# How do we experimentally know the strength of bonds?

How do we experimentally measure the strengths of covalent versus ionic bonds? Also, for a given molecule, how can we know if two pairs of atoms is covalently or ionically bound?

Related question: Textbooks say that in solution of water, two neighboring water molecules (call them A and B) will be 'attracted' because the O in molecule A will attract the H of the 'nearby' molecule B. It is said that H will alternate states between A and B. How do we know this is true experimentally and how can it be measured?

You measure the energy of any bond by carrying out reactions and seeing how much energy (usually in the form of heat) has to be invested. For example, if you react one mole of $\ce{C}$ with one mole of $\ce{O2}$, you get $\ce{CO2}$ and heat. Measure the energy with a calorimeter and divide by how many atoms and you get the energy you invested to produce one bond. Not coincidentally, bonds are generally measured in units of energy/mol (e.g. kJ/mol).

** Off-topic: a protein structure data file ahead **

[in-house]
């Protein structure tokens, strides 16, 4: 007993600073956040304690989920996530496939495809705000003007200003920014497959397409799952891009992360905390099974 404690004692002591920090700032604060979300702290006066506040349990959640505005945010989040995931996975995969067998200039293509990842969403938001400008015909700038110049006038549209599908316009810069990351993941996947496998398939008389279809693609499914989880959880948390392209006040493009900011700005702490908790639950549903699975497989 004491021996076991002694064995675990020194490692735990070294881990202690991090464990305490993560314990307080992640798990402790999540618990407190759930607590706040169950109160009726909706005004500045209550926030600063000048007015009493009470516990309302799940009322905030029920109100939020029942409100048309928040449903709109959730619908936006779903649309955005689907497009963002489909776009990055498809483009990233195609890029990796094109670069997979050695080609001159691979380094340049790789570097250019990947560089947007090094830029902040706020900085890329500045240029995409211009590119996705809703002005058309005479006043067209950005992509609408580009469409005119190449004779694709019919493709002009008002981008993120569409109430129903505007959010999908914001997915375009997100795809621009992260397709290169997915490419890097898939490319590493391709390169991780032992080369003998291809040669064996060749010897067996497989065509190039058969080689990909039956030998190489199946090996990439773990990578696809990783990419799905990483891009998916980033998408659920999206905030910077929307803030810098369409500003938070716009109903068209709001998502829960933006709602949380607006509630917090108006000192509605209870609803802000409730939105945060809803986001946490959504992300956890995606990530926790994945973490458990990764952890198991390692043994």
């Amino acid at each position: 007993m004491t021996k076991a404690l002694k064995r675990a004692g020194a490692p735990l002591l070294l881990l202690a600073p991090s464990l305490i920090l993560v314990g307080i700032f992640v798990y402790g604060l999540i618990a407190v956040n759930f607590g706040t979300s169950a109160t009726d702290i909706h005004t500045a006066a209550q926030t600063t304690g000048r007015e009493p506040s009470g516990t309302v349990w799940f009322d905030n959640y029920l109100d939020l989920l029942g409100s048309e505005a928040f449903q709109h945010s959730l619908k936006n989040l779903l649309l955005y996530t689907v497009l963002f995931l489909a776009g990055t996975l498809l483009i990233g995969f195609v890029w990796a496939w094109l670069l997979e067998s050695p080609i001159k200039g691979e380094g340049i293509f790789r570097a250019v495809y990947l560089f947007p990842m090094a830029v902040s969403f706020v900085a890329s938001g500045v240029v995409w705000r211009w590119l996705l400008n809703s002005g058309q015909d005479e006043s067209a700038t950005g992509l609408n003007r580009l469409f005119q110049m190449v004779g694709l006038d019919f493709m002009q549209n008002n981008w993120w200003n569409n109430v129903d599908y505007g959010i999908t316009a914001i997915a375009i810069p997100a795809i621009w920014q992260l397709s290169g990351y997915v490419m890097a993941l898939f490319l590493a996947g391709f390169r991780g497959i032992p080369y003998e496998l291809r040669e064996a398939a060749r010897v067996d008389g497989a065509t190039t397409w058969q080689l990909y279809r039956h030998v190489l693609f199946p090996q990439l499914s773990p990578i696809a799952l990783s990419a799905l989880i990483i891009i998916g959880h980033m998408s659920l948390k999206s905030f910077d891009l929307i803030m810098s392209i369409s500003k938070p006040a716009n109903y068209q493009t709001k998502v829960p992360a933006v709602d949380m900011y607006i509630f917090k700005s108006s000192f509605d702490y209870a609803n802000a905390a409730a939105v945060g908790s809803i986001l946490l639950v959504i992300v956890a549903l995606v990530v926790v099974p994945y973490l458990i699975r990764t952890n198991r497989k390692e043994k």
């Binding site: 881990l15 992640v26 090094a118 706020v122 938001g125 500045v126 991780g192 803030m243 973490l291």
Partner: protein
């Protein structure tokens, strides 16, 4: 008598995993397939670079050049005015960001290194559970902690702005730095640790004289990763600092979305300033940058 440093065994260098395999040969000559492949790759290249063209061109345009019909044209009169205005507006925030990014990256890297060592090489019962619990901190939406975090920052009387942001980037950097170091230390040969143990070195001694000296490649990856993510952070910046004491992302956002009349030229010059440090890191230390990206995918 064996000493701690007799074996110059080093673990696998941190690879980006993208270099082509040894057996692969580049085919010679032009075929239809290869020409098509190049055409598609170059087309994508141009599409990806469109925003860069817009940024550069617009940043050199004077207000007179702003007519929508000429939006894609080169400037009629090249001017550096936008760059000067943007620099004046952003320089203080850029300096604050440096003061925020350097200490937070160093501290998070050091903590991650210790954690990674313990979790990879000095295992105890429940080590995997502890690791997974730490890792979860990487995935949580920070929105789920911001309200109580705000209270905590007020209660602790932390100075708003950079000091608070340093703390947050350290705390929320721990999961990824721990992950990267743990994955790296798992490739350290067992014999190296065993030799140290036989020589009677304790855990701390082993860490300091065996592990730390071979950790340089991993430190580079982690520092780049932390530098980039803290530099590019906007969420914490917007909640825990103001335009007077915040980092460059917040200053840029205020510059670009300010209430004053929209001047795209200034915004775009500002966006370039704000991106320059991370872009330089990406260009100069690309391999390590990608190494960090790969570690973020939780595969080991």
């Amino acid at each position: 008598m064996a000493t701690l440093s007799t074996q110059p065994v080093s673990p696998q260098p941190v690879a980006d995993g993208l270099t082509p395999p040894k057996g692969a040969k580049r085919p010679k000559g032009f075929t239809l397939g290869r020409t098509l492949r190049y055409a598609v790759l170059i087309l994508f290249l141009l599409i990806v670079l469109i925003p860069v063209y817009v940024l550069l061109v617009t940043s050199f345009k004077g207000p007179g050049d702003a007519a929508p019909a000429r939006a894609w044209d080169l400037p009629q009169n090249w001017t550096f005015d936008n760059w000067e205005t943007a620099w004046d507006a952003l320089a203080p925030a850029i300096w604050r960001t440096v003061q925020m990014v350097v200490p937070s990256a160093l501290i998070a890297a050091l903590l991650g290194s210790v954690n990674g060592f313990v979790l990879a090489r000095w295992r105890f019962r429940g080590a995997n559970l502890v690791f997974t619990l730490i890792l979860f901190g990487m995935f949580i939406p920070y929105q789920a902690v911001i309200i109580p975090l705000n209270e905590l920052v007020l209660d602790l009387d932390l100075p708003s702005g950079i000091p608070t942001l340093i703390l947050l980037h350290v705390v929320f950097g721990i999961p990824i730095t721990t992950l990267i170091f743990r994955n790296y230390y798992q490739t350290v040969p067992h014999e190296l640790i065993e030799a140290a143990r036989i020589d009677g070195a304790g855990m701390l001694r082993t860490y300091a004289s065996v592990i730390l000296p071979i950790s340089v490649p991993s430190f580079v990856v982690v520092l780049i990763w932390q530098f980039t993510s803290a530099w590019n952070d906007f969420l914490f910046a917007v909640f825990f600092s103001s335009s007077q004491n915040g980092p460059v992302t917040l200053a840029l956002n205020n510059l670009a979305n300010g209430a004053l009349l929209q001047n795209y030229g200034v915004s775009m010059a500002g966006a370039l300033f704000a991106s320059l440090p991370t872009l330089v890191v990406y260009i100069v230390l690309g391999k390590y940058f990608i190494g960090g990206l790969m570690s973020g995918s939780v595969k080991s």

Whether a bond is ionic or covalent has to do with whether the bonding electron resides on one atom or both. A perfectly covalent bond finds the electron half on one atom and half on the other. A perfectly ionic bond has the electron 100% on one atom and not at all on the other. Real systems are a mix of both. When we say a bond is ionic (such as $\ce{NaCl}$), we are really referring to the fact that we have measured a circumstance where the electron truly favors one atom. There are various ways to measure this, one of the most common is to melt the solid and see if it conducts electricity. In the case of $\ce{NaCl}$, the bond is so ionic that a small voltage will cause the ions to wander from their neighbor.
With a covalent bond such as you find in $\ce{SiO2}$, atoms can't wander without breaking the bond, so a small voltage doesn't cause a current. A large voltage may break the covalent bonds and cause a current, but it also changes the substance (in this case releasing oxygen gas and producing silicon metal).